The sovereign army makes a beeline to the castle to eliminate the king, while you go to all the other nobles/advisers and tell them that you have given half the tribute from your personal fortune, but need them to contribute the rest, so that the sovereign nation does not lay waste to the land.

When the dust clears, you will be a hero to the sovereigns, and a hero to your people, and have the loyalty of the nobles and advisers, as you have stepped in to spare them from the ravages of a vengeful army. Sadly, your men who assisted you in this scheme all died on the siege of the castle. But, you will honor them, and their families will live comfortably under their new king, being you.

|improve this answer|||||
$\endgroup$
  • 1
    $\begingroup$ this idea does seem to leave quite a few loose threads, what if your own men talk to another noble of their doings? What if the king tells someone else of your patsy bringing him gifts on your behalf? I wouldn't trust this scheme until my own influence was further from it $\endgroup$ – BKlassen Nov 13 '19 at 16:47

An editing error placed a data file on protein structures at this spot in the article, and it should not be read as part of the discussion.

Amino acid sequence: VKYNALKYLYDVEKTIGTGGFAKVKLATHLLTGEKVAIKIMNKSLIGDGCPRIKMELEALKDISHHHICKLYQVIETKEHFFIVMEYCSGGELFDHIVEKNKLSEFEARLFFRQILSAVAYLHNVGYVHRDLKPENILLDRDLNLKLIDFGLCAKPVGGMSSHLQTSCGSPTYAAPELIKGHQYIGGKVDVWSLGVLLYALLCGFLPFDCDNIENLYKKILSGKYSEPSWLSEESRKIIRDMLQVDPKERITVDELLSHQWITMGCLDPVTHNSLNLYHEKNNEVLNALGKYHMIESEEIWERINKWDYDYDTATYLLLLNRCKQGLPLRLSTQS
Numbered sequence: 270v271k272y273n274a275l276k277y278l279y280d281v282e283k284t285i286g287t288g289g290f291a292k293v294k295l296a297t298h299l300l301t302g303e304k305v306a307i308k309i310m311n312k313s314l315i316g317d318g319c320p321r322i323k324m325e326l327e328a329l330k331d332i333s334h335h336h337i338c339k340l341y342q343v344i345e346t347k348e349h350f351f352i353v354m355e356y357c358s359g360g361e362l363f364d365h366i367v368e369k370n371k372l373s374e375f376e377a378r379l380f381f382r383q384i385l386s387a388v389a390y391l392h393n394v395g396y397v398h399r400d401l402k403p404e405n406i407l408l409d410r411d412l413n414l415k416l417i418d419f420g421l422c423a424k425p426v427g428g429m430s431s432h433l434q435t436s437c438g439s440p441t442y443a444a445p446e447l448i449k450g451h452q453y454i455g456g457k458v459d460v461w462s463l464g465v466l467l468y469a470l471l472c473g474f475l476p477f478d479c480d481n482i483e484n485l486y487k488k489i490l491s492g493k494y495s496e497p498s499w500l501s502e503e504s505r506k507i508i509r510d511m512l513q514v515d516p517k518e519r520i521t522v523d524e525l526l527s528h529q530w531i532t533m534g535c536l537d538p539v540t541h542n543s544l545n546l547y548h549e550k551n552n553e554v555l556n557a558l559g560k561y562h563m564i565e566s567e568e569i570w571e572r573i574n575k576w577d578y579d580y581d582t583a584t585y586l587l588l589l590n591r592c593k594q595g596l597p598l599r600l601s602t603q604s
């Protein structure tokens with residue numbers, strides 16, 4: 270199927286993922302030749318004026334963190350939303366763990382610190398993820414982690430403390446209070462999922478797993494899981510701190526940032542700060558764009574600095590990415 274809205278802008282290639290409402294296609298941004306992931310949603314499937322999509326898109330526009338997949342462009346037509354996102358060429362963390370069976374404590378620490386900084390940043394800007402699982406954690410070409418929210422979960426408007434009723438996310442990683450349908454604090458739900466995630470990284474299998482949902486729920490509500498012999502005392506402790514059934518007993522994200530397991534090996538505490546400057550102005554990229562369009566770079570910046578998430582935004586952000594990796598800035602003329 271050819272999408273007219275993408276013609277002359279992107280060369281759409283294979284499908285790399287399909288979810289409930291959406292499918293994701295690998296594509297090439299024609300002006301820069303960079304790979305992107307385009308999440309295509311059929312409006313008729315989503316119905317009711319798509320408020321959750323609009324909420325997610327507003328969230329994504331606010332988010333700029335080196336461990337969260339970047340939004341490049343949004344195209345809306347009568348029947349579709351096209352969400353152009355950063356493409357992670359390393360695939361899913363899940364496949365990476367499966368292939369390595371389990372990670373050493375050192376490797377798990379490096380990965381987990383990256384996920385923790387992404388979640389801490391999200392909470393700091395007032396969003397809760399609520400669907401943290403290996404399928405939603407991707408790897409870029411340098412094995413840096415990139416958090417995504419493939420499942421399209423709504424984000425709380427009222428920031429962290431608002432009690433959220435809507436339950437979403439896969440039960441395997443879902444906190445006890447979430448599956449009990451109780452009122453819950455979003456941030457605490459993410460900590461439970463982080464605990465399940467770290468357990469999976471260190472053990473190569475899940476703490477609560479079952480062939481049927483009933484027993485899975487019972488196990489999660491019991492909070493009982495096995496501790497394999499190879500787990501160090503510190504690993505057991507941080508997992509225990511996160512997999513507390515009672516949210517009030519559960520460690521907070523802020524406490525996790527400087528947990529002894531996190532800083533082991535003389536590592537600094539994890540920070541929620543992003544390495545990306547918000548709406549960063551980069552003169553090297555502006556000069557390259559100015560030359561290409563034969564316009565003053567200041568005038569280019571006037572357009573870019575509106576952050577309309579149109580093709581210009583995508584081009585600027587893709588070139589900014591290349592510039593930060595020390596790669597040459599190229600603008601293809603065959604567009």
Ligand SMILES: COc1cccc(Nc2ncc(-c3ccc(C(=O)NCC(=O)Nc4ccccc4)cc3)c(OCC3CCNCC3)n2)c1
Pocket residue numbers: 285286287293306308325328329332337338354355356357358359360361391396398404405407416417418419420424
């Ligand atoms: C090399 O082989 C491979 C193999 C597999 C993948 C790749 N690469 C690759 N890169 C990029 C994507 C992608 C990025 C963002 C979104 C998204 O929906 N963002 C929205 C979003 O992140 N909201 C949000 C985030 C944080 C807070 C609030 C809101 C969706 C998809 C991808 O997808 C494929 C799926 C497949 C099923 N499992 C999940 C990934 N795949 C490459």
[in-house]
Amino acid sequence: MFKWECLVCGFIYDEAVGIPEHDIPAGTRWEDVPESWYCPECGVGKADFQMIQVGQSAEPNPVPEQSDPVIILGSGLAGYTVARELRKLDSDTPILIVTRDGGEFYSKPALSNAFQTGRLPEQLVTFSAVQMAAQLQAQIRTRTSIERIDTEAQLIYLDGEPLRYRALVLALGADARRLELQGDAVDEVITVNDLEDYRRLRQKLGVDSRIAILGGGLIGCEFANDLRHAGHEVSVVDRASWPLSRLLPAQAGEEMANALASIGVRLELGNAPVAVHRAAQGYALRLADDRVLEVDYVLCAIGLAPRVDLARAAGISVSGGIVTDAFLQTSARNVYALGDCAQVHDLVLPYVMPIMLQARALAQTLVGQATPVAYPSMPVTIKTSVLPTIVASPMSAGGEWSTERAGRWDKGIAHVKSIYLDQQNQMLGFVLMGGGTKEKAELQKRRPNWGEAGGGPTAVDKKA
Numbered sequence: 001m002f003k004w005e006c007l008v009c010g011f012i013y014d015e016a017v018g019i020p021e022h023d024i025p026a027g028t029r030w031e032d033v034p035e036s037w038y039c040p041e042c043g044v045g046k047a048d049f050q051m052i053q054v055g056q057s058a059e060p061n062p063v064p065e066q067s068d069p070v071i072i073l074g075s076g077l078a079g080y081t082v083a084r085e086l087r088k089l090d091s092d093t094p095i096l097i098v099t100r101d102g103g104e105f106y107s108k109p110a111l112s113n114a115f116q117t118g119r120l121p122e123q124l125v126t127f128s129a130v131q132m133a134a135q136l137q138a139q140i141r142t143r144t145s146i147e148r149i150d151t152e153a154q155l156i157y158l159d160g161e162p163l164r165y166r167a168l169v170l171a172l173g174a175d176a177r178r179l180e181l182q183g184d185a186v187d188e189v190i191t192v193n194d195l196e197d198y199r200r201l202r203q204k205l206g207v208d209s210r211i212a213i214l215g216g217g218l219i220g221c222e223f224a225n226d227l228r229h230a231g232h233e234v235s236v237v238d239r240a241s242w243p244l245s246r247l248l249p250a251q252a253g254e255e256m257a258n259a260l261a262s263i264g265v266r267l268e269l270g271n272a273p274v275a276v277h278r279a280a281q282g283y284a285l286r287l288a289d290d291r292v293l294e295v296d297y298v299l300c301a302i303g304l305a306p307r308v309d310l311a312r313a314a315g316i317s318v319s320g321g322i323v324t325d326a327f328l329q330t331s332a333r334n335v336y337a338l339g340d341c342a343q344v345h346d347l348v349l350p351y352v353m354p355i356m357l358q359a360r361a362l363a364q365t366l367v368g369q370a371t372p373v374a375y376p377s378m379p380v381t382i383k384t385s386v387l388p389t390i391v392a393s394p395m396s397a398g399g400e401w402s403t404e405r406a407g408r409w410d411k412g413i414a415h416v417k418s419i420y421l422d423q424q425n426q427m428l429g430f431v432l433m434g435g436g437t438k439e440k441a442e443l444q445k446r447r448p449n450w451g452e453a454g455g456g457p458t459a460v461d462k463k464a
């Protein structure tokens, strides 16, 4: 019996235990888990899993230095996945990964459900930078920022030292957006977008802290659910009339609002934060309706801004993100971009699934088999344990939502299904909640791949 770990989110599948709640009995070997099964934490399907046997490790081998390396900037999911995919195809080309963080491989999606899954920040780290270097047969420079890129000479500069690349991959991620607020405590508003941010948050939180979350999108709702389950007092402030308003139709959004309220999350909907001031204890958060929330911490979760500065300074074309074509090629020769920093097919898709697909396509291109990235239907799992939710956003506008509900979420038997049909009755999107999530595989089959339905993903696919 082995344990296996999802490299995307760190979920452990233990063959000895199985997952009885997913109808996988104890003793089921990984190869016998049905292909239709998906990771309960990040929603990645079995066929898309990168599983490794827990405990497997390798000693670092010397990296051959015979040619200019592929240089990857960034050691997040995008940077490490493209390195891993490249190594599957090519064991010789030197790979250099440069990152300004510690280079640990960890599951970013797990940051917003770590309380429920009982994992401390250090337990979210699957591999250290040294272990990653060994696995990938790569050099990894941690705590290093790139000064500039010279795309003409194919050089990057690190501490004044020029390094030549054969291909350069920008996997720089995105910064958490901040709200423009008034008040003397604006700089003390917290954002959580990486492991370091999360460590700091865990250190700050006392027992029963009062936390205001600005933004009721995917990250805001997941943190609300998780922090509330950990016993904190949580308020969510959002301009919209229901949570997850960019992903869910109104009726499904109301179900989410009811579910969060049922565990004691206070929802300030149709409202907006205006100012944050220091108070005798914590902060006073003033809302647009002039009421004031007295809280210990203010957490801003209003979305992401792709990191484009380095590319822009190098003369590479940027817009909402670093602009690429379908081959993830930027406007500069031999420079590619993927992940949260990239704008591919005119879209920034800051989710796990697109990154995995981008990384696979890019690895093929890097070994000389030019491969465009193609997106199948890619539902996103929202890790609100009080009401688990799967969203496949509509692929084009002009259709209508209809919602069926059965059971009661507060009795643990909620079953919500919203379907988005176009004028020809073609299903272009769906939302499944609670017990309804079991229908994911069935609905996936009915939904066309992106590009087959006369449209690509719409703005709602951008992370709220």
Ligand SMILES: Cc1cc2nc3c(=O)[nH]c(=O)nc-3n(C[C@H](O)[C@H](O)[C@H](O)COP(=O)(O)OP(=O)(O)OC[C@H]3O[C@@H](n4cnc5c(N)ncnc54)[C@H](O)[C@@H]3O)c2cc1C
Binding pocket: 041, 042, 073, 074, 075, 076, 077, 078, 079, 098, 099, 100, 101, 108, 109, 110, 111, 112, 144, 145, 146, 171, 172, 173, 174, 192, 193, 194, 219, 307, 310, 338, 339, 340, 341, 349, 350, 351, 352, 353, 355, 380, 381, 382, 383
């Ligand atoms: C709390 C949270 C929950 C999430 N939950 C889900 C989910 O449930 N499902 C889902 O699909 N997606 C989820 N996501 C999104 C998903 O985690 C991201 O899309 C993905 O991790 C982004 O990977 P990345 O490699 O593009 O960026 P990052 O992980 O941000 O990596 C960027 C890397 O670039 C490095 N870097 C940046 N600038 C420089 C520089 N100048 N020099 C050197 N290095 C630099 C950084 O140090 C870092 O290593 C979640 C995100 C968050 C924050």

• $\begingroup$ @BKlassen Obviously the king is trying to frame OP for his spending, and has murdered Pasty to keep him from coming to OP's defense.... OP's men, would of course, tell nobody, as they all have families, and accidents can happen.... The object is to sew dissent and chaos. If a few things come out AFTER the OP is king, there can be MORE accidents $\endgroup$ – user20762 Nov 13 '19 at 16:59
  • 1
    $\begingroup$ @BKlassen besides, I'm just providing the mechanism, OP can work out the details. If I were to write the whole thing, it would be my story and my world then, wouldn't it? $\endgroup$ – user20762 Nov 13 '19 at 17:02
  • 1
    $\begingroup$ fair point, similarly I just wanted to point out where I would try to refine the scheme were it my own plot :P $\endgroup$ – BKlassen Nov 13 '19 at 17:07